Left field is the Yankees’ biggest weakness. Aaron Hicks struggled last year but is expected to start in left to open the year. The Yankees also have Oswaldo Cabrera, who put up a 111 wRC+ and 1.5 fWAR in his first 44 games. He can play left but is most valuable playing all over the diamond. Giancarlo Stanton should hold down most of the DH duties and is just 22 home runs away from 400 for his career.
As of now, it does appear that Josh Donaldson will get the start on Opening Day at third base. DJ Lemaheiu is my preferred starter, but DJ should get plenty of playing time at multiple positions. He should play five or six days a week, allowing Rizzo, Gleyber, and Donaldson their off days.
Gleyber Torres should be the everyday second baseman after bouncing back in 2022. He’s still just 26 years old and coming off a 24-home run season with a 115 wRC+. He was much better defensively at second base than shortstop, allowing him to relax at the plate.
The biggest question for the Yankees is shortstop. Anthony Volpe, Oswald Peraza, and Isiah Kiner-Filefa are battling it out in spring training, and the Yankees haven’t named a starter yet. Volpe has only played 22 games above Double-A, and it would be unlike the Yankees to start him on Opening Day. Peraza is farther along in his development and showed flashes of excellence in a brief cameo in the majors last season. IKF should play a bench role for the Yankees, filling in both the outfield and infield.
Prospects Who Could Contribute in 2023
This section is primarily from the Yankees Top 10 Prospects article by Aram Leighton.
Anthony Volpe (SS) – “Volpe brings just about everything you want from a baseball player to the table. With above-average tools across the board and the work ethic, instincts, and makeup to maximize those tools, it’s no surprise that the 21-year-old has been able to fly through the minors.
Already reaching Triple-A by the end of the 2022 season, Volpe is eyeing a 2023 debut, after which point he may never look back. The Yankees feel like they have their shortstop of the future and have every reason to think so.”
In spring training, he’s rocking a 1.103 OPS in 28 AB with three stolen bases and two home runs. He’s making the Opening Day shortstop competition extremely interesting.
Will Warren (SP) – “Yet another success story in the Yankees pitching development department, Warren has gone from 8th round pick out of Southeast Louisiana to the best pitching prospect the organization offers. Warren’s intelligence and willingness to adapt have allowed the Yankees brass to help unlock the most out of him.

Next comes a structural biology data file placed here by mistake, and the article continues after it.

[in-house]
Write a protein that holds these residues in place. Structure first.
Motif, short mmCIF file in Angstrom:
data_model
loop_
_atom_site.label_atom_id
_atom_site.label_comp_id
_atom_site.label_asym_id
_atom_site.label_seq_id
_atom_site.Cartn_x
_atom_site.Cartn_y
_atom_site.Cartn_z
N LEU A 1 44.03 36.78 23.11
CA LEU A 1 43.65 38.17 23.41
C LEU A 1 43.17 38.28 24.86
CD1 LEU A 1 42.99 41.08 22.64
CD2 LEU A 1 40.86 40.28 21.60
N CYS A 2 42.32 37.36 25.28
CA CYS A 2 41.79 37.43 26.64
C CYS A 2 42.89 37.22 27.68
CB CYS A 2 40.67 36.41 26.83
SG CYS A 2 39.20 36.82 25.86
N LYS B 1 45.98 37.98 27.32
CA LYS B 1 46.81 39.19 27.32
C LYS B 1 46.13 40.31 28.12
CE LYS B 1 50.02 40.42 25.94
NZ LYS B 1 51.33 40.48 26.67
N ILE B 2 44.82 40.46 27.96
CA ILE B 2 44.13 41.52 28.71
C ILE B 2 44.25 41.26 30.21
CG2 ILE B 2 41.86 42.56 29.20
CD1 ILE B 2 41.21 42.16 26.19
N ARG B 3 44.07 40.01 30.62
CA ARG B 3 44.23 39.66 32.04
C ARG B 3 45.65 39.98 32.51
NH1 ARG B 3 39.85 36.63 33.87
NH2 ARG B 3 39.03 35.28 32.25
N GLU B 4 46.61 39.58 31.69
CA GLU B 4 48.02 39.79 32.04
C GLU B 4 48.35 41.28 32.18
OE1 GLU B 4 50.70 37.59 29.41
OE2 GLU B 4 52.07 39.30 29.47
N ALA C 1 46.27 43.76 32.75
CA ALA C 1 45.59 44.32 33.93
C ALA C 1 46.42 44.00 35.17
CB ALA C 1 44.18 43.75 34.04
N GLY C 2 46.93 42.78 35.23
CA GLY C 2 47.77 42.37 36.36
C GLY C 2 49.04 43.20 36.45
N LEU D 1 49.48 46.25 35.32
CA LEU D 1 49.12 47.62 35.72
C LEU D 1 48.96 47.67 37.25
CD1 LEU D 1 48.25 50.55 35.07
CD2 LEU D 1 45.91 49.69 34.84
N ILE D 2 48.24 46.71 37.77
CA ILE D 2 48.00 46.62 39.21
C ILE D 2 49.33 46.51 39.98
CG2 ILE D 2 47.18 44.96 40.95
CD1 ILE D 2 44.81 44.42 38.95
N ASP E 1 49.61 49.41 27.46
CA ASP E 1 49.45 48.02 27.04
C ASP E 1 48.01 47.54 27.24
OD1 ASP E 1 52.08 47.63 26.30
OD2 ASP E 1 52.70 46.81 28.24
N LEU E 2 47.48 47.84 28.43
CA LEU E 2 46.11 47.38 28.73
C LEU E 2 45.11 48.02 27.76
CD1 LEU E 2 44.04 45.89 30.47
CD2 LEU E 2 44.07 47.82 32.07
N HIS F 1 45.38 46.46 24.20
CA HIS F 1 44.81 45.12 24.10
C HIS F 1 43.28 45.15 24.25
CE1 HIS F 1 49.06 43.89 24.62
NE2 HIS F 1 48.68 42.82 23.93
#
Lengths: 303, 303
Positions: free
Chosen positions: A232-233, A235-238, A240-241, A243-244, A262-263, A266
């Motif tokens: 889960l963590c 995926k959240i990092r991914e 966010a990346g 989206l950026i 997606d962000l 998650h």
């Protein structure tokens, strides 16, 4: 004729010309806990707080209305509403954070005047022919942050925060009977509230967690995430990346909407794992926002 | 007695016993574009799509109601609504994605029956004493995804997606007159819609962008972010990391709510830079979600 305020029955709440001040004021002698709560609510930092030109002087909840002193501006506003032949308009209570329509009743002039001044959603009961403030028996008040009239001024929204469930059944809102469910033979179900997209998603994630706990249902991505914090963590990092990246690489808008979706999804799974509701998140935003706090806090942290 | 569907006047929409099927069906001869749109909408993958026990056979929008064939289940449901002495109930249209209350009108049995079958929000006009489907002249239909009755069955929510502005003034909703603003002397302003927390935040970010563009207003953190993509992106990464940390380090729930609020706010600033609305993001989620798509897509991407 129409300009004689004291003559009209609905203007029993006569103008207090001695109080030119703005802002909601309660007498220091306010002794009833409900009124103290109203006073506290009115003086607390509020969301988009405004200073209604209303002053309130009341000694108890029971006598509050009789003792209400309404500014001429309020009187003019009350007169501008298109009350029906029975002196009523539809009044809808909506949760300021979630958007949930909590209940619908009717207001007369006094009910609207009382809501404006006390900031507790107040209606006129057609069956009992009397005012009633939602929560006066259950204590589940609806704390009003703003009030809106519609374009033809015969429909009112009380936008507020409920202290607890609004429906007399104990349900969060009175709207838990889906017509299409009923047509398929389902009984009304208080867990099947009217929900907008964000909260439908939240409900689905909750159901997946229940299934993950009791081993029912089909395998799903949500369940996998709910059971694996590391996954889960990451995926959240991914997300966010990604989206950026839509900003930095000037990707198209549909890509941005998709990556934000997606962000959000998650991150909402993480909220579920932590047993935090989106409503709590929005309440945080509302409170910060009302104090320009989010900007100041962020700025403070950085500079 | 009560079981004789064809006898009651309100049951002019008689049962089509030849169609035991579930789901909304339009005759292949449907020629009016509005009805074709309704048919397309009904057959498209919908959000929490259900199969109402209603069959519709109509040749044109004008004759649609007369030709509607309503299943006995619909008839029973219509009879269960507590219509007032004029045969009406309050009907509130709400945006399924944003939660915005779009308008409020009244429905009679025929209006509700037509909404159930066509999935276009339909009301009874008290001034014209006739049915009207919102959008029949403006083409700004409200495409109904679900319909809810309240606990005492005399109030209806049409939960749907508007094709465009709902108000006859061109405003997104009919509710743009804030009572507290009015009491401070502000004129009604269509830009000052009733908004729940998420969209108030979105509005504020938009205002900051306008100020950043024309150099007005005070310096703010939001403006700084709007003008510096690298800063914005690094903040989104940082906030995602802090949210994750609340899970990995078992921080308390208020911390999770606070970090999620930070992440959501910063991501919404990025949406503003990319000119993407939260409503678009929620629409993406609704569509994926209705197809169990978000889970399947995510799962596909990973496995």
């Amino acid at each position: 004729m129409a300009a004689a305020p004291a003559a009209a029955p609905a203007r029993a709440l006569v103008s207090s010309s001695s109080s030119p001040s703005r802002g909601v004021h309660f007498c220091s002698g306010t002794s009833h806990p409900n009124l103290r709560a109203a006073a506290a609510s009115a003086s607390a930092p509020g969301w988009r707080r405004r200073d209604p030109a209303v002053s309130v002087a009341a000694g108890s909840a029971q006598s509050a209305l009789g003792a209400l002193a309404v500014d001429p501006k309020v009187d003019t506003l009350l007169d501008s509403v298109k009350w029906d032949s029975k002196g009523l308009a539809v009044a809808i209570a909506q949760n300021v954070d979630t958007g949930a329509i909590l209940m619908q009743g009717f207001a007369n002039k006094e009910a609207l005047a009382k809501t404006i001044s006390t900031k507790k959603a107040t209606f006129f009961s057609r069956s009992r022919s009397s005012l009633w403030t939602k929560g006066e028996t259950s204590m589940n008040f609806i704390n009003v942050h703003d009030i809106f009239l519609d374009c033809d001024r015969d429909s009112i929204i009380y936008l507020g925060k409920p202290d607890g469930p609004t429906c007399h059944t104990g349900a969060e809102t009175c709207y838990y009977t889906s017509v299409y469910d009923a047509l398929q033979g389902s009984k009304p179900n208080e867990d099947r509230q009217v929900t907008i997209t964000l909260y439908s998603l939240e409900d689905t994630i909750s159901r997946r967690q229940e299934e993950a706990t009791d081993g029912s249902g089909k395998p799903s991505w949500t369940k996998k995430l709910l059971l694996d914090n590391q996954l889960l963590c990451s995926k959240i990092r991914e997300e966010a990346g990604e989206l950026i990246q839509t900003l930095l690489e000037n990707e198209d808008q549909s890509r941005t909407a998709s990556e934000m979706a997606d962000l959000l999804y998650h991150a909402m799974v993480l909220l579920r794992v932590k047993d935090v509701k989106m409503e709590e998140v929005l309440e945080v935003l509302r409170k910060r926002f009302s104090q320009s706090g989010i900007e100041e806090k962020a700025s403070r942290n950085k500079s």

Warren’s jump from mid-major competition in 2021 to Double-A success in his first pro season last year is a testament to his polish and ability to attack hitters and compete. As he continues to optimize his arsenal and sequencing, Warren could also start to rack up more swing-and-miss. His command and high ground ball rate give him the floor of swingman/innings eater, but he could generate enough swing-and-miss to be a solid No. 4 starter.”
Will Warren has thrown two innings in spring training and is expected to start the year in AAA. He’s 23 years old and has the stuff on the mound to make an impact this year for the Yankees.
Randy Vasquez (SP/RP) – “The combination of a mid-90s fastball and nasty sweeper give Vasquez the floor of a multi-inning reliever, but he has provided plenty of reason to believe that he can grab a back-end rotation spot with a bit more development. The 24-year-old has a unique delivery that almost looks like he’s cutting off his stride toward home, but it has not seemed to impede his ability to maintain his velocity deep into starts or late in the season.
His fastball command improved down the stretch of the season, and with a solid final handful of starts in 2022, Vasquez will likely begin 2023 at the Triple-A level with a chance to reach the big leagues in some capacity this season.”
Vasquez has thrown three innings in spring training, and it hasn’t gone well, rocking a 12.00 ERA. That said, this is not indicative of the performance he could have this year. He’s likely to make an impact in the bullpen with his electric stuff.
Oswald Peraza (SS) – “Peraza’s sweet swing from the right side and plus defense at short make him a high-probability everyday shortstop. The Venezuela native has the upside of a fringe All-Star if he continues to develop offensively. If he can further refine his plate discipline and continue to tap into his above-average raw power, Peraza could be a 20/20 threat with an impact glove at short.”
He’s struggled offensively in Spring Training so far, rocking a .568 OPS, but his .833 OPS during the 2022 regular season is much closer to the performance we should expect next season. He’s already got a great glove and room to grow offensively.
The Yankees are the favorites to win the AL East for a reason. They have a fantastic roster and are coming off a 99-win season. They bolstered the pitching staff with Carlos Rodon but have plenty of replacements if he is to miss more time than projected. They brought back Judge and Rizzo, and plenty of excitement surrounds the young pieces. They have an elite bullpen, a deep array of starting pitchers, and a lineup that can hit with anyone.
That’s all great and dandy, but all Yankee fans want one question answered.
“Are we good enough to beat the Astros?” The short answer is yes, but everything has to go right.
Carlos Rodon and Harrison Bader need to come back strong and healthy. Aaron Judge needs to replicate or be 90% of what he was last season. The Yankees need Oswald Peraza or Anthony Volpe to step up and hit the ground running at shortstop. The bullpen must stay healthy and thrive like last season. They need bounce-back seasons from Josh Donaldson and Aaron Hicks. The Yankees need to be at their best to beat the Astros, and it’s already unraveling before the season has begun.
The Yankees have the prospects and capital to make major deadline moves if the team isn’t strong enough. It’ll be up to Brian Cashman and the Yankees’ front office to make the moves to put them over the top.
The Yankees should sit atop the AL East when the 2023 season is over, but after looking at this roster, they are not at the Astros’ level. If everything works out, they can beat them, but that’s a tall task.